Real estate development has slowed considerably during the recession, and many real estate development firms are sitting on the sidelines, absorbing losses for now and hoping to ride out the storm.
However, the owners of Glendale-based HSI Development Partners LLC, a new full-service real estate firm, see opportunity in this down market and are hoping to take advantage.
The firm recently completed its development of a 155,000-square-foot building in Milwaukee’s Menomonee Valley for Derse Inc.‘s new headquarters, and now HSI is planning two new apartment complex developments.
HSI’s co-owners and principals are Ryan Schultz and Brett Haney. They founded the company in 2007. Before they started the firm, Schultz was the director of development for Milwaukee-based Fiduciary Real Estate Development Inc., and prior to that he was vice president of development for Brookfield-based MLG Development. Prior to forming HSI, Haney was a senior development coordinator for MLG Development.
The success of the Derse building development establishes credibility for HSI as Schultz and Haney plan to grow the company and pursue more projects. The building is a signature project for the firm, and Schultz and Haney believe they can use it to help them attract investors and bank financing for future projects
“This (Derse building) is a track record for us,” Schultz said. “We delivered the project under budget and on time.”
The $9.6 million building has 30,000 square feet of modern office space, featuring views of Miller Park, and 125,000 square feet of warehouse and production space. About 150 people work in the building. Schultz and Haney expect the building to receive a LEED silver rating. LEED features in the building include: efficient lighting system, efficient HVAC system, thicker pre-cast concrete panel walls with insulation, an exercise area, a bike rack, hybrid parking spaces and a low flow water system. The energy efficiency features increased the cost of the building by about 1.5 to 2 percent, which Derse will recoup after about 10 years of lower energy costs, Haney said.
Schultz and Haney say they have received numerous offers to buy the Derse building, but they have no plans to sell.
“This is a long-term hold for HSI,” Schultz said. “This is a way of establishing ourselves in the development community.”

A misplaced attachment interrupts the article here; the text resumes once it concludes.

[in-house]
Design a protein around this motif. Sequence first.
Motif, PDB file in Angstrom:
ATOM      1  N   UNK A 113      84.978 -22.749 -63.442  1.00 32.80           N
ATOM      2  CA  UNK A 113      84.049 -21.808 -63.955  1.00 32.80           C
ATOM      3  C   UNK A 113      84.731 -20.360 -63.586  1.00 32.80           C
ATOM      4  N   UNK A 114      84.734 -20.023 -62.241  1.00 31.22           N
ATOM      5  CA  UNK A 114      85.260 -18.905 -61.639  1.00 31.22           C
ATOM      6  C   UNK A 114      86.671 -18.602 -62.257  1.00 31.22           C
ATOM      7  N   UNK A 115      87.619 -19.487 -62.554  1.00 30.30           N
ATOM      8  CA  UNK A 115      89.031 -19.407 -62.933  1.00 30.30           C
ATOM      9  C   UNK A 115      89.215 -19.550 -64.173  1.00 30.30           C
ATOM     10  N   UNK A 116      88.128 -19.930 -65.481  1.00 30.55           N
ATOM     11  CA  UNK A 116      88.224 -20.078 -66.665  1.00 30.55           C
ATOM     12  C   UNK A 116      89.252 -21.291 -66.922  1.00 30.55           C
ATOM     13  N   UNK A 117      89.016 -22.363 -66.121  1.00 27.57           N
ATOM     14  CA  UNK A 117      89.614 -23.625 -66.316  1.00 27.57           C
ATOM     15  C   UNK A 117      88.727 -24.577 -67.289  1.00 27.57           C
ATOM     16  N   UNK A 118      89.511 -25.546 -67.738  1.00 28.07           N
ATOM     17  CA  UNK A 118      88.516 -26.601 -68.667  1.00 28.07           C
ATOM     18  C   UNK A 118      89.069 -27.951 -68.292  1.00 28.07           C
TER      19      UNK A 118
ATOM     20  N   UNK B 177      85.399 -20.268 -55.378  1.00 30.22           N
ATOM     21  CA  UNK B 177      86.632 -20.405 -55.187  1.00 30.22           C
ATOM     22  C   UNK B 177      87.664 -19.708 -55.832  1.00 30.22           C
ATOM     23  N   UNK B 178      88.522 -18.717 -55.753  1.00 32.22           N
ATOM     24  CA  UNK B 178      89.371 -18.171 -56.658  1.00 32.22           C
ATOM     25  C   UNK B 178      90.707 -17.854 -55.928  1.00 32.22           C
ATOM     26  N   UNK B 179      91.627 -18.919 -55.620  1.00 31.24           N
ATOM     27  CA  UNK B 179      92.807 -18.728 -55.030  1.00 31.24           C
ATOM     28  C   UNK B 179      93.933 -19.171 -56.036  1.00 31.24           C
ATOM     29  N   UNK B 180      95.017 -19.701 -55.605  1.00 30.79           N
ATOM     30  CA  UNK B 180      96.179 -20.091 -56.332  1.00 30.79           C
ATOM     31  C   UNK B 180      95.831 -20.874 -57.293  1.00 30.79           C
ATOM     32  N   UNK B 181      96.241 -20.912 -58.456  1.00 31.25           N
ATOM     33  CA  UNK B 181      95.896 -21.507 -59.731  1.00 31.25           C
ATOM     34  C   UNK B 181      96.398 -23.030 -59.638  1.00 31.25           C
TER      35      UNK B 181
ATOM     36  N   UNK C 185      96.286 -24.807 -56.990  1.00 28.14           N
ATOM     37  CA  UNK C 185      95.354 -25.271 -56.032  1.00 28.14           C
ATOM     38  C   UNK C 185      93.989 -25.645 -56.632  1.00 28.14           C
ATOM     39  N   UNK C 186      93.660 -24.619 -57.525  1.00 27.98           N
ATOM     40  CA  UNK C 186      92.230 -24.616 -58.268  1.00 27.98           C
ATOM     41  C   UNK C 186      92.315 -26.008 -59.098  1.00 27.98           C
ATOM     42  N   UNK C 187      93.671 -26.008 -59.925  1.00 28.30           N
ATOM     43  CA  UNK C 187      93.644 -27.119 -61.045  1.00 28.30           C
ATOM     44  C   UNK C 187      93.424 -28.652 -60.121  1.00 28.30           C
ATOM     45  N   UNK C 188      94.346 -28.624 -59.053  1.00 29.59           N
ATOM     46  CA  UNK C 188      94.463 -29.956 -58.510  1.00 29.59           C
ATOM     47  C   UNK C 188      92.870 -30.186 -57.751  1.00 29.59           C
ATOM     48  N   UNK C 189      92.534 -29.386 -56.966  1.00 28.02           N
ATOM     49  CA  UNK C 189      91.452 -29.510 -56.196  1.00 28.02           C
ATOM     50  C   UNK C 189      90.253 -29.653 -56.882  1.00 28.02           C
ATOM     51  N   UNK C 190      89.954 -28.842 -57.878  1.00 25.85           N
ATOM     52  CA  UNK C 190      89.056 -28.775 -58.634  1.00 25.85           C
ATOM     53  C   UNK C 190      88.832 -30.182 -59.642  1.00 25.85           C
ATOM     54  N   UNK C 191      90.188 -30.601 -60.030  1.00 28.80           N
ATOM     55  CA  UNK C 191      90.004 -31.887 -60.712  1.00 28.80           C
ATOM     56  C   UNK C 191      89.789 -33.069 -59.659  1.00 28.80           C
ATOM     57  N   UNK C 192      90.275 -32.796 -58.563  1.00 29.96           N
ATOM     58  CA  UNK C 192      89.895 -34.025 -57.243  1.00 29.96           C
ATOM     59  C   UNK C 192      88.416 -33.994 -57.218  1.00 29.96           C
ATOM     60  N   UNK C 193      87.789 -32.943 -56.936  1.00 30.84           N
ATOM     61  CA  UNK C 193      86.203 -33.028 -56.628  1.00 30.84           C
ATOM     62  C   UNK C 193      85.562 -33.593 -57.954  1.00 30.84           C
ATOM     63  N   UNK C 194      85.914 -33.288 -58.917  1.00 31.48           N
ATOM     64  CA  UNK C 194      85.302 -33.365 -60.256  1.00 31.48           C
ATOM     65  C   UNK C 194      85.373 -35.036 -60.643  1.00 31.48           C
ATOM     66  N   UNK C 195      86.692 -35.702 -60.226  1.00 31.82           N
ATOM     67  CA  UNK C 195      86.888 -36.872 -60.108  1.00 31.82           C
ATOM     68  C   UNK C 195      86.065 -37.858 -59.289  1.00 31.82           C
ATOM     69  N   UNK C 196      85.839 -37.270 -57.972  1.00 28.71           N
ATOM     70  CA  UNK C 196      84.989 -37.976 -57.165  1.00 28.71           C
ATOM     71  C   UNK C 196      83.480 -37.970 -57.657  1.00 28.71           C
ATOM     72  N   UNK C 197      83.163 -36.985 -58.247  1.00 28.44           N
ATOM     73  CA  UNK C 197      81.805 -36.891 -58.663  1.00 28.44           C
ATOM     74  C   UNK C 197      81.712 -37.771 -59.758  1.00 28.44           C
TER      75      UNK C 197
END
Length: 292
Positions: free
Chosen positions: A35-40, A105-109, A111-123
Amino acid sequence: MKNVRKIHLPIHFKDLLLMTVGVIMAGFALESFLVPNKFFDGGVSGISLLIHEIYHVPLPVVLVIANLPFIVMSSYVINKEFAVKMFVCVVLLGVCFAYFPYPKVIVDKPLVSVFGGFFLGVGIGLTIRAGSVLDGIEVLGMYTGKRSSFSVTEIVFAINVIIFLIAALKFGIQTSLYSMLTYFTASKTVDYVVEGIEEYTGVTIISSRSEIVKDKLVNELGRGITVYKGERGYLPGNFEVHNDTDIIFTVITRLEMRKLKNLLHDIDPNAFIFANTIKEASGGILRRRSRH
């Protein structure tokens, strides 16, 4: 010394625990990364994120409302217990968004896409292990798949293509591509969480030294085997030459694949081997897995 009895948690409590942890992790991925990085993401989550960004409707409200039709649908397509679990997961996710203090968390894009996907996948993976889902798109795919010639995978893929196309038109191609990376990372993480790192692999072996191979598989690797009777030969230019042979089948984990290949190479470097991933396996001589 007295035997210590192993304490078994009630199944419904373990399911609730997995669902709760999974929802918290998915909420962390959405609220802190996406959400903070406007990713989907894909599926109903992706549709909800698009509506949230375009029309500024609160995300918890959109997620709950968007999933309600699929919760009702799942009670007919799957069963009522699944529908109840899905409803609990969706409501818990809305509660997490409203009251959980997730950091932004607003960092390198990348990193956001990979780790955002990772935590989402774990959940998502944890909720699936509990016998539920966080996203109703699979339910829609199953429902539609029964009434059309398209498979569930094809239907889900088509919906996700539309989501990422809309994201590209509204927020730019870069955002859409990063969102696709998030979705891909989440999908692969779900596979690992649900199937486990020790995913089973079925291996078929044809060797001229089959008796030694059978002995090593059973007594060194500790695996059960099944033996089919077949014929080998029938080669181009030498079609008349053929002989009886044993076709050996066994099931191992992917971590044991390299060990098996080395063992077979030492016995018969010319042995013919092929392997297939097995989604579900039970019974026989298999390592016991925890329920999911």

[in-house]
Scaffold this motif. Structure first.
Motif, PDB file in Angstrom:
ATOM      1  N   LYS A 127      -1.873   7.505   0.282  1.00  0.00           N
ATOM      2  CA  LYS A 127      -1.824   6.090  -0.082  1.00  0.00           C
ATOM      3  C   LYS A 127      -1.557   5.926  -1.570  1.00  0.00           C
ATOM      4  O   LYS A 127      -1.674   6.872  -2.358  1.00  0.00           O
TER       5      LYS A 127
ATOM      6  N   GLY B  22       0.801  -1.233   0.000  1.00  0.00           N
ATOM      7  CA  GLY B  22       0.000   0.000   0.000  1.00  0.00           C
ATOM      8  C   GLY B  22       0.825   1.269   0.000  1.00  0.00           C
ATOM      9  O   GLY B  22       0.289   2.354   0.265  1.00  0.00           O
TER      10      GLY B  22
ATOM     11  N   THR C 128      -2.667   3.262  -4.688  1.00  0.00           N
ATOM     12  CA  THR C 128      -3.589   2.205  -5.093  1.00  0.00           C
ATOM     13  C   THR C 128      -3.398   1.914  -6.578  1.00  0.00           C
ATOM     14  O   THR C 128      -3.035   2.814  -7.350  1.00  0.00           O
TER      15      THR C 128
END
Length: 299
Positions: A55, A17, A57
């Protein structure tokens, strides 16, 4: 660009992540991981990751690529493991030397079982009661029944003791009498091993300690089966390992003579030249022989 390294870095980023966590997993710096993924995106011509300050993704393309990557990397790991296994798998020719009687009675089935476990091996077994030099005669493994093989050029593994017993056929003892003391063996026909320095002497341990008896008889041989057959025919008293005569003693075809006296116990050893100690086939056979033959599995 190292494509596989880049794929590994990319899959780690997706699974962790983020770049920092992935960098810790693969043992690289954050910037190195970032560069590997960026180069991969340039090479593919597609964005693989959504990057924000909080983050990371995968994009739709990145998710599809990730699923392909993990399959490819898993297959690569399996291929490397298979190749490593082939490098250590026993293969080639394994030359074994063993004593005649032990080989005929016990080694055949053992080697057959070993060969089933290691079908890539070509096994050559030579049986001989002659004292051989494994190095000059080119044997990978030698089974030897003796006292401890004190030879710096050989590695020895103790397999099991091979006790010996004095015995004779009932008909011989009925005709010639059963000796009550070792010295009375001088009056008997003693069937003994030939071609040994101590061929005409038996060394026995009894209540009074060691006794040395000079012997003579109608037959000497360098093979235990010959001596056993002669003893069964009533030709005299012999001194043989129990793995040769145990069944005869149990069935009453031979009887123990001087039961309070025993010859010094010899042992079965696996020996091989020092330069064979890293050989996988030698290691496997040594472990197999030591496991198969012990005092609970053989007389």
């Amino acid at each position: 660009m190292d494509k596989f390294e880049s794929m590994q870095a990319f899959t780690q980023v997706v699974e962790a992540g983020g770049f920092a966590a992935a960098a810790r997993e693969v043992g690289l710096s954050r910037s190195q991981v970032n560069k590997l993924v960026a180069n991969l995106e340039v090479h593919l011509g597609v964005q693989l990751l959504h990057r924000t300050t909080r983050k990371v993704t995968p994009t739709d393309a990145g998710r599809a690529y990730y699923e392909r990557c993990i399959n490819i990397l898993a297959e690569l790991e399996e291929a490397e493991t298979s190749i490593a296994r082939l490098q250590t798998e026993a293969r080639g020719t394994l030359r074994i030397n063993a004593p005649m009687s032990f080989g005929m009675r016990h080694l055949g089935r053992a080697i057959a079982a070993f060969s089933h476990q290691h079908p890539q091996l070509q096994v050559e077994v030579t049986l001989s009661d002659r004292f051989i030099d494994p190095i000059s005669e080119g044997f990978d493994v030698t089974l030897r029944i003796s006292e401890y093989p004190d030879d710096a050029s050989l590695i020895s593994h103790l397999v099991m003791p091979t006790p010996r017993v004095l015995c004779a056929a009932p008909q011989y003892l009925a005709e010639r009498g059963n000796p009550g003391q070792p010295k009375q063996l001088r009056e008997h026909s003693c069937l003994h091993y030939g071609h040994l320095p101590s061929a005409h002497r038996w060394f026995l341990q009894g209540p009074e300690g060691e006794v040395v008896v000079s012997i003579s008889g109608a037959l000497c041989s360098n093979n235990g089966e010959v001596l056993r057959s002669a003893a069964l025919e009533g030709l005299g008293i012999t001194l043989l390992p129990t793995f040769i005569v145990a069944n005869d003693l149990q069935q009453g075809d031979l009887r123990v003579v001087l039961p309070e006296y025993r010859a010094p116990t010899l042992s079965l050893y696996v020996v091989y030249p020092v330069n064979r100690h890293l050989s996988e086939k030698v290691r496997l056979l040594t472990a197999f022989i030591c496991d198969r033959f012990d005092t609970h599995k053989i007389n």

Looking ahead, HSI is looking to develop and purchase real estate, mostly industrial and multi-family properties. The firm also provides brokerage and property management services.
Unlike older more established firms, a new real estate firm such as HSI benefits by not carrying a lot of baggage from real estate deals that have gone bust when the real estate market collapsed in 2007.
With the real estate market depressed, Schultz and Haney think now is their time to buy and grow. Supported by investors, whom they decline to name, they plan to be aggressive.
“The next two to three years are going to be the best years of my life to buy real estate,” Haney said.
“We can’t afford to sit on the sidelines,” Schultz said. “This is our opportunity. We have to take advantage of it.”
HSI plans to develop The Enclave, a four-story, $18 million, 150-unit apartment complex at the site of the former Derse headquarters at 1234 N. 62nd St. in Wauwatosa. The 100,000-square-foot former Derse building will be demolished. HSI hopes to begin construction on the project by this fall.
The site is one of the few available for apartment development in Wauwatosa, Schultz said, and the neighborhood is undergoing a transition from industrial to multi-family residential with retail and parkland and greenway spaces.
HSI has not determined how much the rents will be at The Enclave, but the rents will be higher than the adjacent The Reserve apartment complex, Haney said. The Enclave will feature high end finishes, plus a green roof deck and garden, a media room, a community gathering area and a fitness facility.